Wild weather and WASDE give direction to markets
Even as the central and eastern parts of the Corn Belt finally are making some planting progress, the western Corn Belt and northern Plains remain mired in wet, cold weather that has kept tractors at a near-standstill, especially in North Dakota and Minnesota, Don Wick of the Red River Farm Network and Randy Martinson of Martinson Ag Risk Management discussed on the Agweek Market Wrap.
Even as the central and eastern parts of the Corn Belt finally are making some planting progress, the western Corn Belt and northern Plains remain mired in wet, cold weather that has kept tractors at a near-standstill, especially in North Dakota and Minnesota, Don Wick of the Red River Farm Network and Randy Martinson of Martinson Ag Risk Management discussed on the Agweek Market Wrap. That's having an impact on the markets, along with the World Agricultural Supply and Demand Estimates and Crop Production reports, which came out this week.
"Tell me, in the grand scheme of things, is this a big deal, what's happening in this footprint, nationally?" Wick asked.
"We are significant," Martinson confirmed. He explained that both states are high on the list of corn and soybeans production. And North Dakota is the top spring wheat state. With the disastrous spring wheat crop in the southern Plains this year, that could mean that North Dakota ends up being the top in overall wheat production for 2022, he said.
Plus, he said, with world production troubles, including weather issues in a variety of places and the war in Ukraine, that makes what's happening here that could limit production all the more important on a global scale. The WASDE report, released Thursday, greatly reduced the expected production out of Ukraine. And the U.S. Department of Agriculture also already reduced the expected yield for corn in the Thursday reports, which Martinson said is highly unusual. Usually, USDA won't make changes like that until later in the growing season.
"So that is significant for the corn market," he said, adding that the USDA also made changes to the stocks that would indicate things are tighter than the agency wants to see.
- Recent grain prices drop is part of volatility to come in markets throughout the growing season
- From too wet, to too dry, weather takes control of market direction
- Planting progress strength met with eroding grain markets
- Market keeps taking hits after negative WASDE report
- Corn, soybean estimates show record yields, not quite record production
The planting delays mean farmers are getting close to the deadline for full crop insurance coverage for corn. That's May 25 in most of North Dakota and in northern Minnesota, Martinson said. Prevented planting may be considered, but "it's not because producers don't want to get out there and get things planted," he said. In some places, with recent rains, it's just not possible.
Even with the delays in planting, which could mean farmers will switch to soybeans, which has a deadline for full crop insurance coverage of June 10 in much of the region, soybeans still found strength this week on purchases from China, Wick said.
"It tells us that demand is still a little strong for old crop beans," Martinson said.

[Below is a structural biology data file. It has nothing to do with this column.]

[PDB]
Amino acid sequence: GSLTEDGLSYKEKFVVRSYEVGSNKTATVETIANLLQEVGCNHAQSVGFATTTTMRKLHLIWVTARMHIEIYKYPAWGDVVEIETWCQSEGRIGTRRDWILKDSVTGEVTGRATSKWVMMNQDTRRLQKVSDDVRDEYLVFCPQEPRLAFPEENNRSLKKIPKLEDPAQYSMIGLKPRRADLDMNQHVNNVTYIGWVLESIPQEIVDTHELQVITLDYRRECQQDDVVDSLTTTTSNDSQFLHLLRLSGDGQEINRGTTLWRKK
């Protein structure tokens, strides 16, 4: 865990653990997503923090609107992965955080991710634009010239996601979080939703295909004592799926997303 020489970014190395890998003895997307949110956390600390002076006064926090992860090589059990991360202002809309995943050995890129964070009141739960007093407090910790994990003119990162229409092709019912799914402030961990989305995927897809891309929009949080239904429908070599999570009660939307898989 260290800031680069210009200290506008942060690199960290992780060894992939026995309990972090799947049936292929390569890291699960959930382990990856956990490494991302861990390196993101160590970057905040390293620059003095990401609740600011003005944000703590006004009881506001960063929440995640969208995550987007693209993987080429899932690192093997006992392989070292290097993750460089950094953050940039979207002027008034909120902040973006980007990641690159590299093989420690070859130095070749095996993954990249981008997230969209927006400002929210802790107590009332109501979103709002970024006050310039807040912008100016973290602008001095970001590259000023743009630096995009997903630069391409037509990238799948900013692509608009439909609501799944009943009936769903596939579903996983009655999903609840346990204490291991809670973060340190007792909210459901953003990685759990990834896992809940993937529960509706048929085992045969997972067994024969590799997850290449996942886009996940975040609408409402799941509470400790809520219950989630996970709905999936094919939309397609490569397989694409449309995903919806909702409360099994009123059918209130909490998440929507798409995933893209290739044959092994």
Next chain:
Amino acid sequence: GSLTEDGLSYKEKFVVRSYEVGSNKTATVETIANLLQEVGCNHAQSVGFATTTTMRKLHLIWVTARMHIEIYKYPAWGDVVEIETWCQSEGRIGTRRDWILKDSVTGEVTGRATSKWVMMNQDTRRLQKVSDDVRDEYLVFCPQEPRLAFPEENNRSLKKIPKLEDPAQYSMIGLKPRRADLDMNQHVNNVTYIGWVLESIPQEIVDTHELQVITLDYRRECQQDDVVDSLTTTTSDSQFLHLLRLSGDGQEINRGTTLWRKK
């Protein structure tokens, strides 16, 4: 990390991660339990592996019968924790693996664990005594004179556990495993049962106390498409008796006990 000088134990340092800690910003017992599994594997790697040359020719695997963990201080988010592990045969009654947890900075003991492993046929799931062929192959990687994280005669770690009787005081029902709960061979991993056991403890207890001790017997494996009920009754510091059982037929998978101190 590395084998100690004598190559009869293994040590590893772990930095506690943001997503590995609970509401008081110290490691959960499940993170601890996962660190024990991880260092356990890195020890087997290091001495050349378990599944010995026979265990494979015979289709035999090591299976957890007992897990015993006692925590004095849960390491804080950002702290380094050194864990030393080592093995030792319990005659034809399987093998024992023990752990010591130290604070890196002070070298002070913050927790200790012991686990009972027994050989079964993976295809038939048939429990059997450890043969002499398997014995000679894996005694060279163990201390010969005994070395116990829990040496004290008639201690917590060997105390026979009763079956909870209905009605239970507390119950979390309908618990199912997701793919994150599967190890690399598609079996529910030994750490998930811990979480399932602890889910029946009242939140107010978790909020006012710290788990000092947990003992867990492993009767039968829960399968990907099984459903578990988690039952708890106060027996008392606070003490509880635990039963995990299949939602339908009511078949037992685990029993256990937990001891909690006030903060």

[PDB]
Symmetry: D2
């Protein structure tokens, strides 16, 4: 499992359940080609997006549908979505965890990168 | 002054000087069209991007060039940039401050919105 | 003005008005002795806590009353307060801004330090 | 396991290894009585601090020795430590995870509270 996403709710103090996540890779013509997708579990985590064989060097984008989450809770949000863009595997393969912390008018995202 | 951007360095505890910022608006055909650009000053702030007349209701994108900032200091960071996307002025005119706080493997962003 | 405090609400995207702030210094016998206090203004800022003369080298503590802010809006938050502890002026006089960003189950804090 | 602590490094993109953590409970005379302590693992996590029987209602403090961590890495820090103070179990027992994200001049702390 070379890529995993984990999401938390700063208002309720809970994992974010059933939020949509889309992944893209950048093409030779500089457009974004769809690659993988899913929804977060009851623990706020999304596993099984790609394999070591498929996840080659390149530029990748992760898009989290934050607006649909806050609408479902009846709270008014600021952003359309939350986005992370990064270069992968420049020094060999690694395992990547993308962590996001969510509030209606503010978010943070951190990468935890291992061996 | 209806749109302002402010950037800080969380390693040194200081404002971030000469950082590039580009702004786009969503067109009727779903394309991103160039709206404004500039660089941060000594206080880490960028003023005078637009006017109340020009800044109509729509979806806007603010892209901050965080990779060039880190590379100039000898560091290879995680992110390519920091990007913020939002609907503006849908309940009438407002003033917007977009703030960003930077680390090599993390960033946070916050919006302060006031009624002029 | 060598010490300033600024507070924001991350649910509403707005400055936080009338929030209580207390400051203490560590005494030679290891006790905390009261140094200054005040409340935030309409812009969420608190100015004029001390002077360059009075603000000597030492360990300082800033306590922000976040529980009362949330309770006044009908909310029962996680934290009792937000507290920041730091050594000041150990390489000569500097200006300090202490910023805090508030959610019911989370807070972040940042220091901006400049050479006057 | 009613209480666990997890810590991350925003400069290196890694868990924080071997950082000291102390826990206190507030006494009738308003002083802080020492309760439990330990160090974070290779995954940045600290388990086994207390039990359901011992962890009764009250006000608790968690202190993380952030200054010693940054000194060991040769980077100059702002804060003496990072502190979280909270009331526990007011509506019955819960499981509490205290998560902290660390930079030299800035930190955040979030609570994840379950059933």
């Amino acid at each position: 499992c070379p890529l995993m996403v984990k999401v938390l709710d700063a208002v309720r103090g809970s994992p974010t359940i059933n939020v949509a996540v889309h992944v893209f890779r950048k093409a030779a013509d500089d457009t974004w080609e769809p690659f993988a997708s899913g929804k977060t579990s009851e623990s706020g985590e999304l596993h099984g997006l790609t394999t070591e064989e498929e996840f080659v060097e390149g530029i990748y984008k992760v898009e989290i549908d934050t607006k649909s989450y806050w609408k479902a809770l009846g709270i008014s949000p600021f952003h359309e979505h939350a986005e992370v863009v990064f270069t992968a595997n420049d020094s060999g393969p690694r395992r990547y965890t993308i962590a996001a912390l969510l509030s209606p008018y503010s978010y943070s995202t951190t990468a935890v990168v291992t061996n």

There also are concerns about planting progress for a variety of specialty crops, including canola, which gained this week on planting concerns not only in the northern Plains but also in Canada, but also on general demand for vegetable oil. Martinson said a similar scenario is playing out for barley; he has heard reports of beer companies contacting farmers asking them to increase acreage over concerns about barley production.
President Joe Biden visited Illinois this week to talk about inflation and food security and announced farmers in more counties will be able to double crop. A common scenario would be harvesting wheat and following it with soybeans. Wick asked Martinson if that would make much of a difference.
"Minor," Martinson said. "It's not the beans that we're short of." And with the price of soybeans already at $15, that's already incentive for double cropping soybeans. If that doesn't do it, another $10 per acre won't do it, he said. But he expects some double cropping will go on.
In cattle, futures and boxed beef were volatile, while cash held steady. The futures, Martinson said, looks at the economic factors that will impact consumer spending on red meats. With gas prices and interest rates high, consumers have less disposable income to spend on eating out, where 70% of red meat is consumed, he said.
Plus, he said tighter supplies that are likely to hit later in the second quarter haven't yet become a factor.
With all the areas of volatility, Wick asked whether Martinson expected things to calm down any time soon.
"Until we can give a significant amount of the crop in the ground and growing and seeing some movement as far as crop progress and crop development is concerned, I see this market being pretty volatile, and any kind of a weather hiccup is going to cause a sharp jump in the market," he said.
"We're going to be paying attention to every forecast aren't we?" Wick asked.
"Yeah I have a feeling we're going to become meteorologists before this is over," Martinson replied.
The Agweek Market Wrap is sponsored by Gateway Building Systems.